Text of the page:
How is it Made
One of the most drastic changes since we started producing olive oil occurred at the olive mill or frantoio, where the traditional grinding stones and presses, unhygienic and labour-intensive at the best of times, gave way to modern centrifuges, a continuous system that is faster and more economical to run. I can remember waiting for hours in the past, often very late at night, waiting for the grinding and pressing processes to finish as the oil was already dripping to the bottom of the press where it was exposed to cigarette smoke and all sorts of unwelcome odours.
Going to the frantoio is part of the ritual at harvest time. Each producer wants to be there, or at least be represented, when the olives are crushed and the oil comes out in a sensuous green-golden stream. This is partly to ensure that no olives or oil get mixed up, but also it is a time when information and experiences are shared and the oils compared. We are fortunate in that the frantoio we use is only a 20-minute drive away and offers a spectacular view across the Chianti landscape. It is small, modern and well-run, without the chaos that can make the whole process rather frustrating.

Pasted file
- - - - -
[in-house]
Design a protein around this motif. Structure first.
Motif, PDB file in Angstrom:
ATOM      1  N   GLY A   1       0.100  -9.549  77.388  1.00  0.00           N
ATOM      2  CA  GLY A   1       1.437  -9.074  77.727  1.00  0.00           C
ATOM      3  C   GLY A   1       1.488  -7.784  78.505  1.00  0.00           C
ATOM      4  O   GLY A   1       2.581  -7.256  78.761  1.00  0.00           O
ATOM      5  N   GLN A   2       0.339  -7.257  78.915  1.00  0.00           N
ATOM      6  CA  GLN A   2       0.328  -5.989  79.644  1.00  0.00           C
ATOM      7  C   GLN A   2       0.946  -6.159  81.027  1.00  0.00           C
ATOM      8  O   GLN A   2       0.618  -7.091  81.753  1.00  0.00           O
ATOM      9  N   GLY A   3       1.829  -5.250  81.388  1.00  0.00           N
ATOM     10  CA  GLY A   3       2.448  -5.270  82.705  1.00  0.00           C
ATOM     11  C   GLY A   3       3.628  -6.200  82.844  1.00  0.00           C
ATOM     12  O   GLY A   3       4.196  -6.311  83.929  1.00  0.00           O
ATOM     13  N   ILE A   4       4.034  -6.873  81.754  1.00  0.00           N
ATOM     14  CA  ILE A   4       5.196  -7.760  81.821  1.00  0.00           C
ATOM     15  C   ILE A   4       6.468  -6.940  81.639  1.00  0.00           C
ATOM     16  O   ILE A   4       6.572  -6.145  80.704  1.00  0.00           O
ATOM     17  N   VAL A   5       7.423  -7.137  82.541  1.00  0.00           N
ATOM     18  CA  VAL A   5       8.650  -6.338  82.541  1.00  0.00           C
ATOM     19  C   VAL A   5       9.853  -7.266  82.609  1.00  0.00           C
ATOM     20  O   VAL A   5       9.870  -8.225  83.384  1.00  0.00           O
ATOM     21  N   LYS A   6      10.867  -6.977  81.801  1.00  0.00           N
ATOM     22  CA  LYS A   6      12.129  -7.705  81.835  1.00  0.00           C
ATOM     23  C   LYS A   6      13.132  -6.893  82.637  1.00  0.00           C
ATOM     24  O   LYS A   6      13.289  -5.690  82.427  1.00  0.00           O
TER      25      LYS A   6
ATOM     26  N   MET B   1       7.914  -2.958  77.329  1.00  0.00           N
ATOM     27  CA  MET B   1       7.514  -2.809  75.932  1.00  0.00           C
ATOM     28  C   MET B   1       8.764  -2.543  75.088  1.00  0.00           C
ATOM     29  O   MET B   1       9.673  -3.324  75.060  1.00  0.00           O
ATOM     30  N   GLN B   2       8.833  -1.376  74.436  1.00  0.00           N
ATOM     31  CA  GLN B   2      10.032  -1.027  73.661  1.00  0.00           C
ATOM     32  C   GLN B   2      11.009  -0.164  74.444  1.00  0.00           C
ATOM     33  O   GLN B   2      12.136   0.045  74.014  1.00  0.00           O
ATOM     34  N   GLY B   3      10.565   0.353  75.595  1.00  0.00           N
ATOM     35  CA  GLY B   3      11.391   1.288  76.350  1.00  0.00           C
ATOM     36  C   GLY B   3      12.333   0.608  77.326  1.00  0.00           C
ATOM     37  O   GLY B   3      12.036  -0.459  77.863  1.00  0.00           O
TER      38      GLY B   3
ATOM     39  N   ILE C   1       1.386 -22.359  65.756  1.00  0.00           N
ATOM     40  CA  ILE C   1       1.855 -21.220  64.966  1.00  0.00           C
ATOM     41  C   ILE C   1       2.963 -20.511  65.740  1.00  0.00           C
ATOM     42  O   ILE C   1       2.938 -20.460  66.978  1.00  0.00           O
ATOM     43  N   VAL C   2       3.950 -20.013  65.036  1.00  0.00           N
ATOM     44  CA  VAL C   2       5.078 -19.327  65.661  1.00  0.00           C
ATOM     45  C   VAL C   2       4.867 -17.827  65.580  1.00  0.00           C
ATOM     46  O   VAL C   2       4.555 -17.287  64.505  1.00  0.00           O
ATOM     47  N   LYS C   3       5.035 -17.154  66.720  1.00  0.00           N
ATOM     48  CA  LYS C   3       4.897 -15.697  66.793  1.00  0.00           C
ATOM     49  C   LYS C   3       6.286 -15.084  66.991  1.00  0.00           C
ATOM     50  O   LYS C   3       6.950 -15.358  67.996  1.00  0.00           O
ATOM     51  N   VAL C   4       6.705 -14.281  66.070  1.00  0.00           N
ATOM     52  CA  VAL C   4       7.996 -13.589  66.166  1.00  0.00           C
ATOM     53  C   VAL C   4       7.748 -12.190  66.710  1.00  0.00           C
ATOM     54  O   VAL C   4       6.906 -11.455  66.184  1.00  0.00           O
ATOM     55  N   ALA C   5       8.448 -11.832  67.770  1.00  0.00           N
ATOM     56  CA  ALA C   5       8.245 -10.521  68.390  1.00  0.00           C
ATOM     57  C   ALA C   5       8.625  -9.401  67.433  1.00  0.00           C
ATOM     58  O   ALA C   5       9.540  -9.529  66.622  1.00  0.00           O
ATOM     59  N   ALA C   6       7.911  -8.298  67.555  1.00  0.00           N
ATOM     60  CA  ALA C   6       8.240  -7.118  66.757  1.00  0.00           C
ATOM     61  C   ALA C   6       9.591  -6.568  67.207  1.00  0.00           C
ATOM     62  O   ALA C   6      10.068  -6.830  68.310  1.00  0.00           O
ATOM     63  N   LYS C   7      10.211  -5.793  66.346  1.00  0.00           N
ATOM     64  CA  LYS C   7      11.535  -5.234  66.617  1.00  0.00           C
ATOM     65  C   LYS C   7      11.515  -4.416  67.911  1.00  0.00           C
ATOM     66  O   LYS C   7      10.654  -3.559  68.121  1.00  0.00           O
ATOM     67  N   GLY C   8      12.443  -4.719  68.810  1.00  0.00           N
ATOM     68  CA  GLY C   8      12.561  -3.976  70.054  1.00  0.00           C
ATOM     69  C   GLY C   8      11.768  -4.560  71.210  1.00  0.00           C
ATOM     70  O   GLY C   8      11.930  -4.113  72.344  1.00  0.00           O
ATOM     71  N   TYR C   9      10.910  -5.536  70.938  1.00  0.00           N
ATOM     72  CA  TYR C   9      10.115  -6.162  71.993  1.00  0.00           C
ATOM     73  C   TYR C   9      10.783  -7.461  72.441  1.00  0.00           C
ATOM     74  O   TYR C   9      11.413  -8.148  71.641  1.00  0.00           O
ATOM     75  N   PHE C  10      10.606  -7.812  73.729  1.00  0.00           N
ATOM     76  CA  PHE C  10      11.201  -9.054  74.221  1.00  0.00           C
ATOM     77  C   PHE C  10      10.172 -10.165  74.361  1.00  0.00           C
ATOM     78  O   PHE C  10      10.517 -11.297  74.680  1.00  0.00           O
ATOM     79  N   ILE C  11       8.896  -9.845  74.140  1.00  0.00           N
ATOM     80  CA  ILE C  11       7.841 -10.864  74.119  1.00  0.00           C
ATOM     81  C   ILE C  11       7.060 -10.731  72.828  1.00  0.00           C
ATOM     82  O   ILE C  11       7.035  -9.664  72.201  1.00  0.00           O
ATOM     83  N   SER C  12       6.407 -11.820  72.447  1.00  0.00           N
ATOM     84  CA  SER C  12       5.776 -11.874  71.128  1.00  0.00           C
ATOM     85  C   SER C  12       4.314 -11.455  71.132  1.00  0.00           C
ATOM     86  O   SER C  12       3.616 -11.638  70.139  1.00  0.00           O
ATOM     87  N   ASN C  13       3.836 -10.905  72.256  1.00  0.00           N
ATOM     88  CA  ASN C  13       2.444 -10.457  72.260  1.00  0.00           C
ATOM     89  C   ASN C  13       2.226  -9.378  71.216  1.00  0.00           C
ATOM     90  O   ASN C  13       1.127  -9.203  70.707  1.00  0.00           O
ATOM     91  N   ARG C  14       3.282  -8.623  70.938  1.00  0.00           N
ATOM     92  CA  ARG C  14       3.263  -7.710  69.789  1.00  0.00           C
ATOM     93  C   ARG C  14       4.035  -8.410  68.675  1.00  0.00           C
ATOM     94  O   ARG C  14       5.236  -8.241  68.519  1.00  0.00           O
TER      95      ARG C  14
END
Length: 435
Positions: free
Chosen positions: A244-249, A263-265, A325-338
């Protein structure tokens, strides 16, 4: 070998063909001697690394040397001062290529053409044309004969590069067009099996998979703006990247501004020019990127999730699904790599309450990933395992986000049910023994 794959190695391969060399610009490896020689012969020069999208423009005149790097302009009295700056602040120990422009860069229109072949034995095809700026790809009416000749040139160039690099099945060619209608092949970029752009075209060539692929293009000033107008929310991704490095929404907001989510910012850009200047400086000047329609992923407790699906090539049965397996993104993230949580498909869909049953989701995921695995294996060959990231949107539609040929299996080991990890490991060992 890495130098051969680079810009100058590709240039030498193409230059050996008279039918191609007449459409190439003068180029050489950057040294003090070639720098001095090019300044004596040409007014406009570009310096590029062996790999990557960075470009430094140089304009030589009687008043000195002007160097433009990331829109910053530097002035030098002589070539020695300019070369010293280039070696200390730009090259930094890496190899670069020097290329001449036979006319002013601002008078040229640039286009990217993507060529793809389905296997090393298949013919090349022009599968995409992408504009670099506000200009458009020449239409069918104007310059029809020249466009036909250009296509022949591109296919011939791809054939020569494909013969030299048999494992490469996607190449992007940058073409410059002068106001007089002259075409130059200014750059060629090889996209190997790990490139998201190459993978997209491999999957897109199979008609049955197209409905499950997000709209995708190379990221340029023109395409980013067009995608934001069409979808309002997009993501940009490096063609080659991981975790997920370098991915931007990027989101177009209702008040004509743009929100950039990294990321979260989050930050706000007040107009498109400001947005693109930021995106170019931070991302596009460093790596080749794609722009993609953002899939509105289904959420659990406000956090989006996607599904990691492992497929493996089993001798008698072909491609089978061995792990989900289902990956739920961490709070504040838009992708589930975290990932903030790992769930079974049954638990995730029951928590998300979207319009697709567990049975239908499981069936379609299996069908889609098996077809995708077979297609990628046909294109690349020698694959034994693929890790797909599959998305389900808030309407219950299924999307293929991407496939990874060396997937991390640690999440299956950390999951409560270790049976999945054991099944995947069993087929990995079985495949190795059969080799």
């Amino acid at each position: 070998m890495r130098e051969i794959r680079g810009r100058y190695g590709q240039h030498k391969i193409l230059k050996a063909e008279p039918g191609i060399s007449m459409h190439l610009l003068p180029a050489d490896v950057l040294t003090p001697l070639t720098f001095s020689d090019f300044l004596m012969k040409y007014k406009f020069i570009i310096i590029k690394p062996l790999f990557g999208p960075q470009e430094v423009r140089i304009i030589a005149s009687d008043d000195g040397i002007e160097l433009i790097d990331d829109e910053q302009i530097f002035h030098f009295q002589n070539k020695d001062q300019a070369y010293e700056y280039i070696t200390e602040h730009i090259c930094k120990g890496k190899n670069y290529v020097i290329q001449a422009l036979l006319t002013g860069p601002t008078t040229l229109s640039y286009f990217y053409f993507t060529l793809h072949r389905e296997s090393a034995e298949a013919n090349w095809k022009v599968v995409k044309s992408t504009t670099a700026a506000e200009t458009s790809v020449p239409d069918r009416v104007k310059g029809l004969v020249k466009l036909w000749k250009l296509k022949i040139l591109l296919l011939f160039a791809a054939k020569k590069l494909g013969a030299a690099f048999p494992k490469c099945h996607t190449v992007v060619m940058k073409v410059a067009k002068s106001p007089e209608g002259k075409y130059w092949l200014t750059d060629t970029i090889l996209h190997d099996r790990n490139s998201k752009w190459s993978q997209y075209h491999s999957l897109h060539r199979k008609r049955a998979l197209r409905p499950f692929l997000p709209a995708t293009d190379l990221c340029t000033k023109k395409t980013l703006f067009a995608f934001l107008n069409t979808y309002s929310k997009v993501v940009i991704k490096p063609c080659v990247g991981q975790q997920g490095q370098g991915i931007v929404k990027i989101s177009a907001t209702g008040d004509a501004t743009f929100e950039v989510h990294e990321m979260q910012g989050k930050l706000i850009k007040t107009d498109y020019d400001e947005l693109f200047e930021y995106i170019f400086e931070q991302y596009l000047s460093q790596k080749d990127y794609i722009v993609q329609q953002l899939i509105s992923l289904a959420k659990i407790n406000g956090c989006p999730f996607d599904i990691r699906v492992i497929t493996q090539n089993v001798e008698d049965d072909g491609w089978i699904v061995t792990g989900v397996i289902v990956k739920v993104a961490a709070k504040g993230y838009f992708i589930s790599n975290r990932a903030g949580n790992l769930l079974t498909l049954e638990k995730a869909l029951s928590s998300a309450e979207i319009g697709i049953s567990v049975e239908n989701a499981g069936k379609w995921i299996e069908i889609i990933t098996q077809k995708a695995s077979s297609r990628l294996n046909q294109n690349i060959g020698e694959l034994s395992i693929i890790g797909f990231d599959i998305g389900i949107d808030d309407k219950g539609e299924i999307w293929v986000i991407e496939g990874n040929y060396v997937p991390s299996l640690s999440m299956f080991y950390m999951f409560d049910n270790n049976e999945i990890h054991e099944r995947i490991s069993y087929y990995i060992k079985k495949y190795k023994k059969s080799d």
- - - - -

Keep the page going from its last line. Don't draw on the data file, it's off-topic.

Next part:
Upon arrival the olives are weighed and then washed as they go into the grinding chamber. From there the paste is pumped into long stainless steel containers in which there is a worm screw turning to keep the paste moving. Once the frantoiano or operator has decided that the paste has reached the desired level of viscosity, it is pumped into a two-metre-long centrifuge that separates liquid from solid matter. The liquid matter then moves into a smaller centrifuge that separates oil from other liquids. The oils is then passed through a filter to remove the last remaining minute fragments and to produce an oil that is both green and almost transparent. This practice helps to avoid the formation of sediment which could potentially harm the flavour of the oil and compromise its conservation over time.